"Must drive better" - A guide to motivating your fleet drivers
Like any matter of the mind, motivation and its causes is a highly debated and at times confusing subject matter. As a fleet manager motivating drivers and other stakeholders to do the right thing, or avoid the wrong thing can be a real challenge. Providing the carrot can be difficult now that costs are tight and constantly using the stick becomes meaningless once it’s overused. So what are fleet managers to do?
Motivate to do the right thing
Here fleet mangers need to first look for some budget for both rewards and time to asses who exactly is entitled to them. Drivers who keep a clean record, use fuel effectively and use company vehicles for legitimate reasons can be rewarded, even in a small way for their contribution. Rewards can be something small and an element of competition can also be used to incentivise staff to engage in sensible and useful practices. A good example of a competition which could be run would be driver average kilometres per litre. This can be applied across all drivers and can help you, as the fleet manager cut costs. Some other areas where incentives and games can be played are below;
1. Accident/Traffic infringement record
2. Time keeping - in this case you must be sure that this does not encourage speeding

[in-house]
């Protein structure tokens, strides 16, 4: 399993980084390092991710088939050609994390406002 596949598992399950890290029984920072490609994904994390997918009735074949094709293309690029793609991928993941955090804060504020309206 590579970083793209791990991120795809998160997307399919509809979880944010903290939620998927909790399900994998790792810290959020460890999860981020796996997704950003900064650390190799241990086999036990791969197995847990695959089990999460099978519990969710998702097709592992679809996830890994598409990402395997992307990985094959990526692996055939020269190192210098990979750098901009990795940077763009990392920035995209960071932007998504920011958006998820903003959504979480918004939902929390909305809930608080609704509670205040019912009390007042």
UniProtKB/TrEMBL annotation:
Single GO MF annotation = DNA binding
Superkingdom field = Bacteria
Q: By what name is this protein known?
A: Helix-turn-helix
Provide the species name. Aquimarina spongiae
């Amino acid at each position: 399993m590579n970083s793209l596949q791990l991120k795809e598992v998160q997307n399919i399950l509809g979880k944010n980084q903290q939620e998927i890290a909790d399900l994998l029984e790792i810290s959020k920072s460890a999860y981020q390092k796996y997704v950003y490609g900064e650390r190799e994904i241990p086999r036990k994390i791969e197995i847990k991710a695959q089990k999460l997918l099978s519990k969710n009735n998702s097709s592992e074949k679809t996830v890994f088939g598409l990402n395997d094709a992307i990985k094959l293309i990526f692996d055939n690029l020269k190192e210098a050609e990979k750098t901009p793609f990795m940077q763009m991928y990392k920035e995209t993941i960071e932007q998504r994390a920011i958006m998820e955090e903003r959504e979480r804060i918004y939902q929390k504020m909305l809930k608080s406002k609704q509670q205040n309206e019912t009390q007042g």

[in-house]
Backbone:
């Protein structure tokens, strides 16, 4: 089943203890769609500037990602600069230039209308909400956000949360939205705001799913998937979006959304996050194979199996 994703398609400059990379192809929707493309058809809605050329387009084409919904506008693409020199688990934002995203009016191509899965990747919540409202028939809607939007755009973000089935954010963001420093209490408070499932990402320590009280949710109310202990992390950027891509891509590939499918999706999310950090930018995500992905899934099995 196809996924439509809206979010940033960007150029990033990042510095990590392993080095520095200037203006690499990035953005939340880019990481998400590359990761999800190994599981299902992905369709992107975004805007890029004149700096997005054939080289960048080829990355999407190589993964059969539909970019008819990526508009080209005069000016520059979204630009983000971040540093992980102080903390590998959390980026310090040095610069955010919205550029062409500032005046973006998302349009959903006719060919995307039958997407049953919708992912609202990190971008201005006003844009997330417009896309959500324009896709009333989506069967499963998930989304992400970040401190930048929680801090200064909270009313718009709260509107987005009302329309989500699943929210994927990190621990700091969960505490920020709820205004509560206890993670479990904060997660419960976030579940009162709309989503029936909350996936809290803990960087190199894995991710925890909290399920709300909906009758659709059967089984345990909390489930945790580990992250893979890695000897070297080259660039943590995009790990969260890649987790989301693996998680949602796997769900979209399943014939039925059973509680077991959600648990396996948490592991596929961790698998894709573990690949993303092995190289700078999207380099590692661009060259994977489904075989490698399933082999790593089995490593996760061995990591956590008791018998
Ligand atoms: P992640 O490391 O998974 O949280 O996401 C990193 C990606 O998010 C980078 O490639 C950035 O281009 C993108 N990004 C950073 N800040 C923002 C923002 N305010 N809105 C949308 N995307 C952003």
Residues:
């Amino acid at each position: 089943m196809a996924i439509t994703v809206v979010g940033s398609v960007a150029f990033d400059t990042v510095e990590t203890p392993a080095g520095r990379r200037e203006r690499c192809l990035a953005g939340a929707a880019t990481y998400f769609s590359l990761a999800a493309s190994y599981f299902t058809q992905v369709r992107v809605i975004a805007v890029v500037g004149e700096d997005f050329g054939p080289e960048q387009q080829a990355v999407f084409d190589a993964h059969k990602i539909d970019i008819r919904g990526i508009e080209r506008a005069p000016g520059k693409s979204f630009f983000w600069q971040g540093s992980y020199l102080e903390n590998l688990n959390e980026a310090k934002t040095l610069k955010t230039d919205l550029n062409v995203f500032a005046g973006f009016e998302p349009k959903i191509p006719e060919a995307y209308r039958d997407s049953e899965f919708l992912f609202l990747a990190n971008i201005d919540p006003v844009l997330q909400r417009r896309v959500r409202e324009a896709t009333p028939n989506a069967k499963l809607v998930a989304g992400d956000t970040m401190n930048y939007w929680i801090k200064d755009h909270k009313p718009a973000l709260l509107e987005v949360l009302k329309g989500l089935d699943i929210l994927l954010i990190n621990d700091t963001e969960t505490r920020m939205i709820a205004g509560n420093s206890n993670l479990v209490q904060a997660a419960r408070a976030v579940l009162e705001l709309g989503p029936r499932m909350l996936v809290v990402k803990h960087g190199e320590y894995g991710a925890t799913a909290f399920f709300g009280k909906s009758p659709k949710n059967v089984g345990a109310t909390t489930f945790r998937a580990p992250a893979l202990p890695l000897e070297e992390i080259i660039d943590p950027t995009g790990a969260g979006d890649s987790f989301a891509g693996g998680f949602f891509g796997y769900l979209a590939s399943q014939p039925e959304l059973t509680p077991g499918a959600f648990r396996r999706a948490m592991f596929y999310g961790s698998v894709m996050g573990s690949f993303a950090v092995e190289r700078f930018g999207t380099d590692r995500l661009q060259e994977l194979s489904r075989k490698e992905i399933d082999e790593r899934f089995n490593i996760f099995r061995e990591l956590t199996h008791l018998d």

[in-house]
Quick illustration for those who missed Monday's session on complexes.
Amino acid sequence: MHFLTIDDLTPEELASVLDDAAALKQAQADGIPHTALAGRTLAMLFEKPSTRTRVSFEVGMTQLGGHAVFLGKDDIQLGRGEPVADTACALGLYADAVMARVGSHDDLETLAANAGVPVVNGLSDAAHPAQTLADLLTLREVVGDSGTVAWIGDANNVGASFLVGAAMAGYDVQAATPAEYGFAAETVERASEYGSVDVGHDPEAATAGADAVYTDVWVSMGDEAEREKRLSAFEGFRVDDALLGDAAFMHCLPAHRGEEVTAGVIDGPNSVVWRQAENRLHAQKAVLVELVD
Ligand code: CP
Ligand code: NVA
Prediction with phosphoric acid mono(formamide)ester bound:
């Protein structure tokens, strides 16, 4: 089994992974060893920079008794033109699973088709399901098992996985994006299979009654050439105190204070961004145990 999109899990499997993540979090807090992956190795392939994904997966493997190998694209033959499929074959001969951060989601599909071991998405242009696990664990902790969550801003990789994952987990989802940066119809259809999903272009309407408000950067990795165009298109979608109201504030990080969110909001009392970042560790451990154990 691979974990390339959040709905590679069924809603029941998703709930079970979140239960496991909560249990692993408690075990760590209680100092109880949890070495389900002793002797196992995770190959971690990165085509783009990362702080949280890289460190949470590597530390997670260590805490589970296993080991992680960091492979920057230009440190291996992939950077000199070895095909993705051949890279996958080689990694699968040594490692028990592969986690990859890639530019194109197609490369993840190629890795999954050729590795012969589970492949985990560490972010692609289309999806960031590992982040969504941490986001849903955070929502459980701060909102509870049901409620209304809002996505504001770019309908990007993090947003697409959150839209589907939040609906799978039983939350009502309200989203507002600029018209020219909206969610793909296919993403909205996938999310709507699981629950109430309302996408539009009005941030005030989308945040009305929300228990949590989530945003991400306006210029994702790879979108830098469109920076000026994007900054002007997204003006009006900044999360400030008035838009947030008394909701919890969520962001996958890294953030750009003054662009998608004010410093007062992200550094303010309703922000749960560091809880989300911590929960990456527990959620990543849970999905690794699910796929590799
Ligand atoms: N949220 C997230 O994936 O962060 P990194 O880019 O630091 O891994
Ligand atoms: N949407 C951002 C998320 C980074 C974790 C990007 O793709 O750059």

3. Vehicle appearance or vehicle damage record
Motivate not to do the wrong thing
Motivating drivers not to speed or get involved in reckless behaviour is more difficult and can be politically dangerous. What happens if senior management ignores the rules or doesn’t buy into a system which attempts to cut down on poor driving behaviour? With this in mind it may be advisable to only focus on clear cases of misuse. It would also be important to only set out on a disciplinary system once you have the support of the top level of corporate management.
Keeping communication open
Motivation is a long term process and keeping the communication open and frequent is critical. With incentives it is hugely important that all communication and goals point towards the business targets and what you, as the fleet manager want to achieve. Remembering to discuss and consult consistently with everyone involved can help isolate incentives which are bringing hidden negative consequences. Talking to drivers can also help everyone involved in the process understand their role, additionally the dialog itself can spread ownership of the responsibility.
As we all know, recklessness and poor driver behaviour can cause major emotional, financial and business related problems which, if left unchecked could cripple any business. As we also know addressing these potential hazards with simple words may not achieve the desired result. Taking this into account businesses should consider investing time, thought and money on at least some form of motivational systems and schemes. In the end it’s in everyone’s best interest to ensure that silly needless mistakes are kept to a minimum in every section of the business. The drivers on the road are no exception to this rule.
Have you thought of a motivational scheme for your drivers?
Have you ever tried on before?
Please comment below.
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